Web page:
American Moonshot

American Moonshot Instant New York Times BestsellerAs The Fiftieth Anniversary Of The First Lunar Landing Approaches, The Award Winning Historian And Perennial New York Times Bestselling Author Takes A Fresh Look At The Space Program, President John F Kennedy S Inspiring Challenge, And America S Race To The Moon We Choose To Go To The Moon In This Decade And Do The Other Things, Not Because They Are Easy, But Because They Are Hard Because That Goal Will Serve To Organize And Measure The Best Of Our Energies And Skills, Because That Challenge Is One That We Are Willing To Accept, One We Are Unwilling To Postpone, And One We Intend To Win President John F KennedyOn May 25, 1961, JFK Made An Astonishing Announcement His Goal Of Putting A Man On The Moon By The End Of The Decade In This Engrossing, Fast Paced Epic, Douglas Brinkley Returns To The 1960s To Recreate One Of The Most Exciting And Ambitious Achievements In The History Of Humankind American Moonshot Brings Together The Extraordinary Political, Cultural, And Scientific Factors That Fueled The Birth And Development Of NASA And The Mercury, Gemini And Apollo Projects, Which Shot The United States To Victory In The Space Race Against The Soviet Union At The Height Of The Cold War.Drawing On New Primary Source Material And Major Interviews With Many Of The Surviving Figures Who Were Key To America S Success, Brinkley Brings This Fascinating History To Life As Never Before American Moonshot Is A Portrait Of The Brilliant Men And Women Who Made This Giant Leap Possible, The Technology That Enabled Us To Propel Men Beyond Earth S Orbit To The Moon And Return Them Safely, And The Geopolitical Tensions That Spurred Kennedy To Commit Himself Fully To This Audacious Dream Brinkley S Ensemble Cast Of New Frontier Characters Include Rocketeer Wernher Von Braun, Astronaut John Glenn And Space Booster Lyndon Johnson.A Vivid And Enthralling Chronicle Of One Of The Most Thrilling, Hopeful, And Turbulent Eras In The Nation S History, American Moonshot Is An Homage To Scientific Ingenuity, Human Curiosity, And The Boundless American Spirit. We choose to go to the moon we choose to go to the moon in this decade and do the other things, not because they are easy, but because they are hard, because that goal will serve to organize and measure the best of our energies and skills, because the challenge is one that we are willing to accept, one we are unwilling to postpone, and one which we intend to win JFK at Rice University September 12, 1962 The Eagle has landed Neil Armstrong, July 20, 1969JFK delivering his we choose to go to the moon speech at Rice University image from History Hub Public Affairs Officer Three minutes, 45 seconds and counting In the final abort checks between several key members of the crew here in the control center and the astronauts, Launch Operations Manager Paul Donnelly wished the crew, on the launch teams behalf, Good luck and Godspeed There have been many events in American history that can bring one to tears, decades later There is no shortage of dark moments in our violent past, domestic and international I was alive in 1963 when JFK was murdered, and when RFK and MLK were killed by sinister forces Recalling those moments can bring tears of grief, a sense of a blow to us all, as well as a feeling of personal loss 9 11 was a Pearl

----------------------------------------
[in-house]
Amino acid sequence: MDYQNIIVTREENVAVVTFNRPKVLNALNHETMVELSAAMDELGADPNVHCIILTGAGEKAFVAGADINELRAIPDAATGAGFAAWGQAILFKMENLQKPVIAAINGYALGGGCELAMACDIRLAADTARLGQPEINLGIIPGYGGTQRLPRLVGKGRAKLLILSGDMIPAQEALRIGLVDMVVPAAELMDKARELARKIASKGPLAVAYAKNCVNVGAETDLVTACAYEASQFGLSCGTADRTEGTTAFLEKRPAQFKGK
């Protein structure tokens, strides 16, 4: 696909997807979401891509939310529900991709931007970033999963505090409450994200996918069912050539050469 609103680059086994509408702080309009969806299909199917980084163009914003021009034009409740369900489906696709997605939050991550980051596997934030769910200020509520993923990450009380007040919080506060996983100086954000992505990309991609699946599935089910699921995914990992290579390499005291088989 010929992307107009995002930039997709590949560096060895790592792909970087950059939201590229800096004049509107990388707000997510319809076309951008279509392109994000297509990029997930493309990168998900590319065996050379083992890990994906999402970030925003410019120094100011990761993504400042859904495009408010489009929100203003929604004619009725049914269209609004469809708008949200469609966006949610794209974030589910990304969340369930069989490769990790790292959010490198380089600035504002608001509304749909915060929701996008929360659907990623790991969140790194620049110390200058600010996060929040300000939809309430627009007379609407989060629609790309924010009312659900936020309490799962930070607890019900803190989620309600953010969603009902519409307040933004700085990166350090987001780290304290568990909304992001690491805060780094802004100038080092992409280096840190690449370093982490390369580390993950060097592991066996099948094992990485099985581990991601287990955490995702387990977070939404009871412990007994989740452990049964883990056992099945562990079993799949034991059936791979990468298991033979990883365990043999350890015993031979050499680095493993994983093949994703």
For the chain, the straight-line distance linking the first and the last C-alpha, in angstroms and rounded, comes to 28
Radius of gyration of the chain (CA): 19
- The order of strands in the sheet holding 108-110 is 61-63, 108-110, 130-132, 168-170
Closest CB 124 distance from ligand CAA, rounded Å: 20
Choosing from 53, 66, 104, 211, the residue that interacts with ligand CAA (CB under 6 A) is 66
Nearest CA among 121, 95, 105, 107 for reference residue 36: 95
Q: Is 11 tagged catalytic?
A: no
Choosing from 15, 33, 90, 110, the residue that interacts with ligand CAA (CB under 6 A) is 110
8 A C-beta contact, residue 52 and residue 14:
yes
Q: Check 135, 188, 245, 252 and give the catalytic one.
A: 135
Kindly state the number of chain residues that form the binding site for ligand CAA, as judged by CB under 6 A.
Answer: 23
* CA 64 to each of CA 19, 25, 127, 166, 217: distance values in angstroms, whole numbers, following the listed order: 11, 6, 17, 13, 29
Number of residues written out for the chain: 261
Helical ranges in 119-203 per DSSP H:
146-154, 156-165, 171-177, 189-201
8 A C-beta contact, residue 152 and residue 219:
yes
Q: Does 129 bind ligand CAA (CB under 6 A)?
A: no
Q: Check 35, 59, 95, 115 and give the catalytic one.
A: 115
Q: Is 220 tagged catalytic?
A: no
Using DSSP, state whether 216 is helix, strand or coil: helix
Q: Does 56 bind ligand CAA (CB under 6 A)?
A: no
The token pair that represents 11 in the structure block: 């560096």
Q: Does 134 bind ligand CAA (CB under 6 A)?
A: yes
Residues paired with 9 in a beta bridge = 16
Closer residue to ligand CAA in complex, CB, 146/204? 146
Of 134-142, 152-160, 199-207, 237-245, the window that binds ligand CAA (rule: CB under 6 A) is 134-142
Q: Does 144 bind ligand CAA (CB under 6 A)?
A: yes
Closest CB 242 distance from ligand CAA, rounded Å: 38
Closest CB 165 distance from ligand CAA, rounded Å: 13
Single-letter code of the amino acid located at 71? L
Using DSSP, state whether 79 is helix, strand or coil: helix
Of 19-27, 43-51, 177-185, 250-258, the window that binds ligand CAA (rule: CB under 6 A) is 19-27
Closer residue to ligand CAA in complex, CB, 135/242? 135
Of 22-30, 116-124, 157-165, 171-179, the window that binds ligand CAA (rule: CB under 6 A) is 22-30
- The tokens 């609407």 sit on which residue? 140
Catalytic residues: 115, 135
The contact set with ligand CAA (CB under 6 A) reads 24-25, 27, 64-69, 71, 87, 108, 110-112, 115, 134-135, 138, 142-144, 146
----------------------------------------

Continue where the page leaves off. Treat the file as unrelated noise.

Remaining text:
Not exactly what I expected It s marketed as a commemoration of the 50th anniversary of the moon landing, and while it does cover the space program up to the moon landing, the real focus is on President Kennedy s career and his contributions to the space program It may not be false ad
covers the history of the space program from earliest imaginings of Jules Verne in 1863 through the rocketry of Robert Goddard in the 1920s, Werner Von Braun and the Nazi V 2 during the second world war, and a big focus on the cold war especially t